The defunct bitcoin exchange Mt. Gox says it will start paying back the people it owes money perhaps by next year, according to an announcement today from the exchange’s trustee, Nobuaki Kobayashi. The exchange grew quickly between 2010 and 2014, until an attacker slowly drained the exchange of bitcoins, forcing it to file for bankruptcy.
Now, Mt. Gox’s bankruptcy proceedings have been paused so that the exchange can pay off its debts. Creditors seeking to be paid back in bitcoin will receive bitcoin back, which could now be worth more than it was when Mt. Gox declared bankruptcy. At the time the bankruptcy proceedings started, bitcoin was worth $440 per token. Bitcoin is worth more than $6,100 per token at the time of writing.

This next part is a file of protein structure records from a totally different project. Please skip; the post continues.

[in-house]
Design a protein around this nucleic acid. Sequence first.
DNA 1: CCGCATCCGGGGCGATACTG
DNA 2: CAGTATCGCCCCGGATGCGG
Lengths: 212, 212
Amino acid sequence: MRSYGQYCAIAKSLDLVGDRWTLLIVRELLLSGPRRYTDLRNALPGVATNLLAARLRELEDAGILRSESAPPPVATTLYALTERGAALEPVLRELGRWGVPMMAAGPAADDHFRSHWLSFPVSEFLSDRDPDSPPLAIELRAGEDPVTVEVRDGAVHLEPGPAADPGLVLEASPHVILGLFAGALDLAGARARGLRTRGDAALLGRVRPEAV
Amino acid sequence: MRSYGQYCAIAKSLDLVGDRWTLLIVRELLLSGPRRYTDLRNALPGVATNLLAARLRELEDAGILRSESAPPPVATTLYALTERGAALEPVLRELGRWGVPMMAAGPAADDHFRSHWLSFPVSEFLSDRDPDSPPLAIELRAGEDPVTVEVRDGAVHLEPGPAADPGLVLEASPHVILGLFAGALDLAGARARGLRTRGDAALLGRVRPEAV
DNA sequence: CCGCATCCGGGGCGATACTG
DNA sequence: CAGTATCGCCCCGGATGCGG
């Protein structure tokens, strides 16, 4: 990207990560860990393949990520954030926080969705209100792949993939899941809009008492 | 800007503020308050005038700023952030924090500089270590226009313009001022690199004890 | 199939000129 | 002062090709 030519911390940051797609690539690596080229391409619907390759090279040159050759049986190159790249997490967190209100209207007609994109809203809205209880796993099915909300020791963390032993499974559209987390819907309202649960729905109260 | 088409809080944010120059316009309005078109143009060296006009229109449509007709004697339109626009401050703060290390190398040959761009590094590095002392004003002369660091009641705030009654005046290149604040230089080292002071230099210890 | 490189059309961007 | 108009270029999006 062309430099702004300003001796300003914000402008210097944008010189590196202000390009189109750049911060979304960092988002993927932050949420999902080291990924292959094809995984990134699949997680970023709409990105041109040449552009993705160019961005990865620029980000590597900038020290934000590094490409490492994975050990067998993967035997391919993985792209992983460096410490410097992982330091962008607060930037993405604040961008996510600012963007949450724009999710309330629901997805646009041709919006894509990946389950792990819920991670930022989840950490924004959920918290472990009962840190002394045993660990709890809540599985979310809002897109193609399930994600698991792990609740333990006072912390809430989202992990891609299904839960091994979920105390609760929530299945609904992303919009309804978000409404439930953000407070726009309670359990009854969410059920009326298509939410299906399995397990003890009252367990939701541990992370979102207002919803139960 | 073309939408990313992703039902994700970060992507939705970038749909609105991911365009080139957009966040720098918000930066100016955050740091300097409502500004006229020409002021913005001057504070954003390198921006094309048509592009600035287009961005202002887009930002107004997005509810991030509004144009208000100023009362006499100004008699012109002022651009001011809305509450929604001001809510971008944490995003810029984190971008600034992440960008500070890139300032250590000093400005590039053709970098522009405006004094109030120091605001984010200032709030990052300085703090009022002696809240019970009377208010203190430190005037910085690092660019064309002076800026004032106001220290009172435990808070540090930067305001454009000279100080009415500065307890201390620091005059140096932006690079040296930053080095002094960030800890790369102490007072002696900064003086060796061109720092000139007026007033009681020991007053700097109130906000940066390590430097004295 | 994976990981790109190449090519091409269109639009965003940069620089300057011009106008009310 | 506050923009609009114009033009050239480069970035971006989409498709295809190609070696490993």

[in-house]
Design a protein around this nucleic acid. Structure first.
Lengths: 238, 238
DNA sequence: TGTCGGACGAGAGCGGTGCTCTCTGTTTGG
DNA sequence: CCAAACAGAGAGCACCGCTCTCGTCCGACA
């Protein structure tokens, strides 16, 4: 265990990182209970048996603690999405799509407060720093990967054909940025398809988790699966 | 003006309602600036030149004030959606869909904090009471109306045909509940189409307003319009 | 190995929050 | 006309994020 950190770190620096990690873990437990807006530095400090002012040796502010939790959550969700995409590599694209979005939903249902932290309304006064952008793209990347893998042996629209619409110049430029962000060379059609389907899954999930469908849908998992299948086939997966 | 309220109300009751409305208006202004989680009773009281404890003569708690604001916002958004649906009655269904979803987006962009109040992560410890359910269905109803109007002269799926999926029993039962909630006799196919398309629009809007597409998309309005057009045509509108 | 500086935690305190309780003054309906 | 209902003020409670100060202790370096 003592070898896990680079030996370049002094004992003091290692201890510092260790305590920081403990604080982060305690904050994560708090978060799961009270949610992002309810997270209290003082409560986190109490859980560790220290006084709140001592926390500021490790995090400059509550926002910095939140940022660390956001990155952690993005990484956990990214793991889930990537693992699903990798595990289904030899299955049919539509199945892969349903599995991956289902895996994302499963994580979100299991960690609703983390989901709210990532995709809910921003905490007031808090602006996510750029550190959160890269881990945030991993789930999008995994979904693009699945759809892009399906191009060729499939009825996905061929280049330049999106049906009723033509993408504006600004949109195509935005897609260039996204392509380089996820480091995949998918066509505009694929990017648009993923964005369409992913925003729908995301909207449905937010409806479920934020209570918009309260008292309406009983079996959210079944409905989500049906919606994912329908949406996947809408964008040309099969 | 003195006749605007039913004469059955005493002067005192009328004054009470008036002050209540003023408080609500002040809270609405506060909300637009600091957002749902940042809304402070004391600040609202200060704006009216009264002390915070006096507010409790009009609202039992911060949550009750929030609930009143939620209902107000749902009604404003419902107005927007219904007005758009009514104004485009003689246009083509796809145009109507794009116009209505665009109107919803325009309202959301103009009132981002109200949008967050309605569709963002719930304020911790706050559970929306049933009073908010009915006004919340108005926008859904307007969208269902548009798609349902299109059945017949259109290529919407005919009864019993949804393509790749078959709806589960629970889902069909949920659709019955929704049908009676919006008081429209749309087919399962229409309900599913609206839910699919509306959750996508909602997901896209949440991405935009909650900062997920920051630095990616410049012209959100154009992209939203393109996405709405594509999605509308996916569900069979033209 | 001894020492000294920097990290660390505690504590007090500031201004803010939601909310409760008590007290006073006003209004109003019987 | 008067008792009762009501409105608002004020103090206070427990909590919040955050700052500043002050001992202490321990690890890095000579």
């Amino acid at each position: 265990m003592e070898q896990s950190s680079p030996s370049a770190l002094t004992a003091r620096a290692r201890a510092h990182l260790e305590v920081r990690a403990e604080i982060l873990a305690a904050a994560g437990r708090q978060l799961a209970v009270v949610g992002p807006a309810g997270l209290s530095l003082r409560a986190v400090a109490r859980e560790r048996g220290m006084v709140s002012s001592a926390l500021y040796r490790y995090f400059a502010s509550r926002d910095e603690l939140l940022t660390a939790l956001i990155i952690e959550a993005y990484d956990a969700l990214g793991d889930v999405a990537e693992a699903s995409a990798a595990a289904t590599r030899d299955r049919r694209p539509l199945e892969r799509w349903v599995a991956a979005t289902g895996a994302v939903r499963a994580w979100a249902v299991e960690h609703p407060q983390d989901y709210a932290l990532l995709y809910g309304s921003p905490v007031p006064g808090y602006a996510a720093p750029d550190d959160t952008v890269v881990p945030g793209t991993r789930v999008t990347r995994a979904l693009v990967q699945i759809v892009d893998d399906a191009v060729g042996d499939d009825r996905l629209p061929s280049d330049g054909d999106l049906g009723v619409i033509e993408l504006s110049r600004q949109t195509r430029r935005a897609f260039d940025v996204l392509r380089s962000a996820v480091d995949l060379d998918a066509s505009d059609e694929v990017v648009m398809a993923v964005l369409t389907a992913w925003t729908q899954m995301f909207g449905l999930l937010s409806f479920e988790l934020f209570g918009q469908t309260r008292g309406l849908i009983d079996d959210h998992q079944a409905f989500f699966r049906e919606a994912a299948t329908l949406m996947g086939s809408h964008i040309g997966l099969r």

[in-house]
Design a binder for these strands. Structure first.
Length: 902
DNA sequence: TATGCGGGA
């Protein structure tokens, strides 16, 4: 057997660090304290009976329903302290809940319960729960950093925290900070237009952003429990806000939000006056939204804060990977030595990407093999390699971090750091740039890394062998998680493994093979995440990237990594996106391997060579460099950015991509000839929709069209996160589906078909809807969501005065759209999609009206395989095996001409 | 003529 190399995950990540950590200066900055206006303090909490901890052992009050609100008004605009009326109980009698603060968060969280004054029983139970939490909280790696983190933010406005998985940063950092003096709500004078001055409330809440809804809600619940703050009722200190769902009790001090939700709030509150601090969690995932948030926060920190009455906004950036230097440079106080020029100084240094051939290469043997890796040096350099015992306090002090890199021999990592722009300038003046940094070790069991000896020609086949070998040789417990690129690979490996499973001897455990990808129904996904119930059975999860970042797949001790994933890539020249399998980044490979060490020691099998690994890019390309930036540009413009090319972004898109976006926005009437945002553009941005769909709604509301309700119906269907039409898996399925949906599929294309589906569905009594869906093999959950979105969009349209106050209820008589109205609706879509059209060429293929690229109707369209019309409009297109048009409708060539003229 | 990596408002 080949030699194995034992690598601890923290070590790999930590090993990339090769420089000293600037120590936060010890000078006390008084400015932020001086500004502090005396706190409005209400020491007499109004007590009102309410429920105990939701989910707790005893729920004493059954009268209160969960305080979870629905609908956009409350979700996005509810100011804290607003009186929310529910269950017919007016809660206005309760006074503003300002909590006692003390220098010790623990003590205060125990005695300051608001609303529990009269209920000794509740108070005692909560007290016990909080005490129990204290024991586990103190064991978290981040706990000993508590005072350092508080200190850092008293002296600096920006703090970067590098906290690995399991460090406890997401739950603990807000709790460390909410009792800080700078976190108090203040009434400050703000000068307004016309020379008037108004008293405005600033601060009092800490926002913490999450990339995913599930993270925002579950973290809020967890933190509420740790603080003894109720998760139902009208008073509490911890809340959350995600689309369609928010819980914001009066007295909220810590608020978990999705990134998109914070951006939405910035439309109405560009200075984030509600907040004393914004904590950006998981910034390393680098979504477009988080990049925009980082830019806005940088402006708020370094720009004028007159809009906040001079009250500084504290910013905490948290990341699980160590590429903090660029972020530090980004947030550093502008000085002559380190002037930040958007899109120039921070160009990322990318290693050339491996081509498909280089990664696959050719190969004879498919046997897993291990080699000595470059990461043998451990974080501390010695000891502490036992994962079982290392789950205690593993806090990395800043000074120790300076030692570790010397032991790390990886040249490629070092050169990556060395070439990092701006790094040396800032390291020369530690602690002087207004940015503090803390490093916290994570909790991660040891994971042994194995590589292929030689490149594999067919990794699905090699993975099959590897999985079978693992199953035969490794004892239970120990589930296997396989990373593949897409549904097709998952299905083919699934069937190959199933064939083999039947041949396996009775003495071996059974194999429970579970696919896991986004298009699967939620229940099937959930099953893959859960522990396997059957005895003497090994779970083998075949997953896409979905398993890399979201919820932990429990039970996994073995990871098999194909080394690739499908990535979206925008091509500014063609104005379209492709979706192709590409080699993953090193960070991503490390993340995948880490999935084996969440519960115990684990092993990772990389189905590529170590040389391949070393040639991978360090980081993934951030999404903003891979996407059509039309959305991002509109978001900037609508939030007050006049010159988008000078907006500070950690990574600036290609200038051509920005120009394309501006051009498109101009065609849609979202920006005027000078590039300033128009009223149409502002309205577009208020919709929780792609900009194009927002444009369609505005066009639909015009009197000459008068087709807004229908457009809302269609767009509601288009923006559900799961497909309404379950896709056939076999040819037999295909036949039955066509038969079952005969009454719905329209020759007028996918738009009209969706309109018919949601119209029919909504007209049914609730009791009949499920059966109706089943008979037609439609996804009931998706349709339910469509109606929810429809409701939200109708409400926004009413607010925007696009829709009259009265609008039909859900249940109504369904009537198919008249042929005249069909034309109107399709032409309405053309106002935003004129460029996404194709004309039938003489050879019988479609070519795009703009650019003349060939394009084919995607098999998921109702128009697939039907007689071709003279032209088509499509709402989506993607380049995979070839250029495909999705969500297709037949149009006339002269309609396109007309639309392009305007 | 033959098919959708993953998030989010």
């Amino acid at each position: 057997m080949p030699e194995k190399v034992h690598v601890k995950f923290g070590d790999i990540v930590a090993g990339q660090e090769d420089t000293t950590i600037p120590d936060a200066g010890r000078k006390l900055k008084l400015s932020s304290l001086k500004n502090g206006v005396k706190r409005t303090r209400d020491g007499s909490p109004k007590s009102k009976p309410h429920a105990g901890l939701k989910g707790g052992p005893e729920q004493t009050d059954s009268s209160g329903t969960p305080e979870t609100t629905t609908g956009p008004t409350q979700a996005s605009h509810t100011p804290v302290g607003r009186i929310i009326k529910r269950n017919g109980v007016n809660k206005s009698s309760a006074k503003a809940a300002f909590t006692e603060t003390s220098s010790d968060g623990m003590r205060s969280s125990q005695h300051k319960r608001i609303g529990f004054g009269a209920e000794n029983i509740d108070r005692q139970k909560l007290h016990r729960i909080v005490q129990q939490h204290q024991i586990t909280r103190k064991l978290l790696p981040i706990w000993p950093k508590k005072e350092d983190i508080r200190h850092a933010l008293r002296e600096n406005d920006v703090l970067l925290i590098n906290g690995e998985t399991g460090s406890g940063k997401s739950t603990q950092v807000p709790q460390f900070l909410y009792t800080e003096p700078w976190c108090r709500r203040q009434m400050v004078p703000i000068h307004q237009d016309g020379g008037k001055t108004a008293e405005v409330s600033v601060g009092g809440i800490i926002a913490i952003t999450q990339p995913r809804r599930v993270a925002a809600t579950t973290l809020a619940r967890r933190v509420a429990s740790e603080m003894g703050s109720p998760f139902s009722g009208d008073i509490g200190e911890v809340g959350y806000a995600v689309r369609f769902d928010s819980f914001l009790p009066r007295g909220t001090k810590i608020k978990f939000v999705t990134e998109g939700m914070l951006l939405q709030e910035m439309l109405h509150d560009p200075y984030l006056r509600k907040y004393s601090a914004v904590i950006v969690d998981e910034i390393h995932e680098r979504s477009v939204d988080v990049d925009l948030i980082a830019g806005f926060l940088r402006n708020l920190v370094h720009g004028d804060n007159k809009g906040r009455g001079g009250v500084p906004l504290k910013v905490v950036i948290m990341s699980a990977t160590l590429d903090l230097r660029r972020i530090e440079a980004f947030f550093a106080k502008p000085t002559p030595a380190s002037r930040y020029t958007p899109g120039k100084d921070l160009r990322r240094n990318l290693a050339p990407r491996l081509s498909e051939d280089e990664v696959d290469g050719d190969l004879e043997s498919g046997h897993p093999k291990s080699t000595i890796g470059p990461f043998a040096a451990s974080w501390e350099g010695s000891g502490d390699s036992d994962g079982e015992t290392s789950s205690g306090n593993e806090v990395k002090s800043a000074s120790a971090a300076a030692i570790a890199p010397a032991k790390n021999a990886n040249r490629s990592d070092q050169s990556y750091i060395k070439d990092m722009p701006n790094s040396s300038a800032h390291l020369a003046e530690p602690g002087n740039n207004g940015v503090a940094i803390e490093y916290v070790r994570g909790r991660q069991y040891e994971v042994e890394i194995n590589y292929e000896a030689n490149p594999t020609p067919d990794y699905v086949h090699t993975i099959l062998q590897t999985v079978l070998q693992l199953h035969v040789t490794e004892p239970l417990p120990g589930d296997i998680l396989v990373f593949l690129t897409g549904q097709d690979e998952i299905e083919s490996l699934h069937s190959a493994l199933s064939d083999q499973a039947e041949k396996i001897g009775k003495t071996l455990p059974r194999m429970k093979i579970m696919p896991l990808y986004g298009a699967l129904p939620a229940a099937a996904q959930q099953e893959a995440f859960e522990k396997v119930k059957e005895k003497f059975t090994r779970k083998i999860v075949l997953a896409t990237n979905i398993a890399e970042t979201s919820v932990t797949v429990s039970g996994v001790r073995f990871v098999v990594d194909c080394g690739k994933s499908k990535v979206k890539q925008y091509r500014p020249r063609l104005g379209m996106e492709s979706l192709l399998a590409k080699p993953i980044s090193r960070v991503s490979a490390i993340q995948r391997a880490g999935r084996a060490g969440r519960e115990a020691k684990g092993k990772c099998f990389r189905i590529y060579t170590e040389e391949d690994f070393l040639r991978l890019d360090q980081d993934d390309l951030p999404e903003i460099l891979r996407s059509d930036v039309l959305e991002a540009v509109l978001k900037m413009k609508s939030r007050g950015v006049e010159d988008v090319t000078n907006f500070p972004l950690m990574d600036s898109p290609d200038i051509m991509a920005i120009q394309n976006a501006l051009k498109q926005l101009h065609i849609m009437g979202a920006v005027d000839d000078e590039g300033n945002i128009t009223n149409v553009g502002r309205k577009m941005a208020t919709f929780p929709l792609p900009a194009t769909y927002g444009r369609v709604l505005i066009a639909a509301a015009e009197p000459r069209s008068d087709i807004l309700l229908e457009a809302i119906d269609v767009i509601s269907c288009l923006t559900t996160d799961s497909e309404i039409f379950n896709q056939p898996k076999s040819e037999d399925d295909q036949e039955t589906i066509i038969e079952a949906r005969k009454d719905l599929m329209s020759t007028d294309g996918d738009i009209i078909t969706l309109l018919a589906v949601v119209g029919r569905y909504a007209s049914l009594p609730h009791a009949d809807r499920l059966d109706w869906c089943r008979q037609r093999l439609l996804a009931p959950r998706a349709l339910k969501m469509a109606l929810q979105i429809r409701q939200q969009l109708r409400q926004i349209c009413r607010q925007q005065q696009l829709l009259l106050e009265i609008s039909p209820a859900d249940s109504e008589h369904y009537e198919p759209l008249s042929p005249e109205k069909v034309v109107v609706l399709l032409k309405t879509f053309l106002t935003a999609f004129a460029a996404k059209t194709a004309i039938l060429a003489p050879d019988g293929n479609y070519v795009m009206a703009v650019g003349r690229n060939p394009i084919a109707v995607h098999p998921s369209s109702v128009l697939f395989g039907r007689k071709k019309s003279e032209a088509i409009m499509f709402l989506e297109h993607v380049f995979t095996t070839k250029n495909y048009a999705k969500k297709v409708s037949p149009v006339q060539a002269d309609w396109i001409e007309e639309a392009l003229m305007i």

Kobayashi says in the announcement that he’ll update creditors on the state of Mt. Gox’s assets during a September 26th meeting in Tokyo. Those who claim Mt. Gox owes them money will have between then and October 22nd to file their requests and provide evidence to back up their claims. There are 24,750 approved claims, mostly from former Mt. Gox customers, for a total of $409 million owed. Kobayashi writes that “at this moment, we plan not to accept specific filing of cryptocurrencies other than Bitcoins.” Those who say Mt. Gox stole other cryptocurrencies from them will have to request the value back in bitcoin.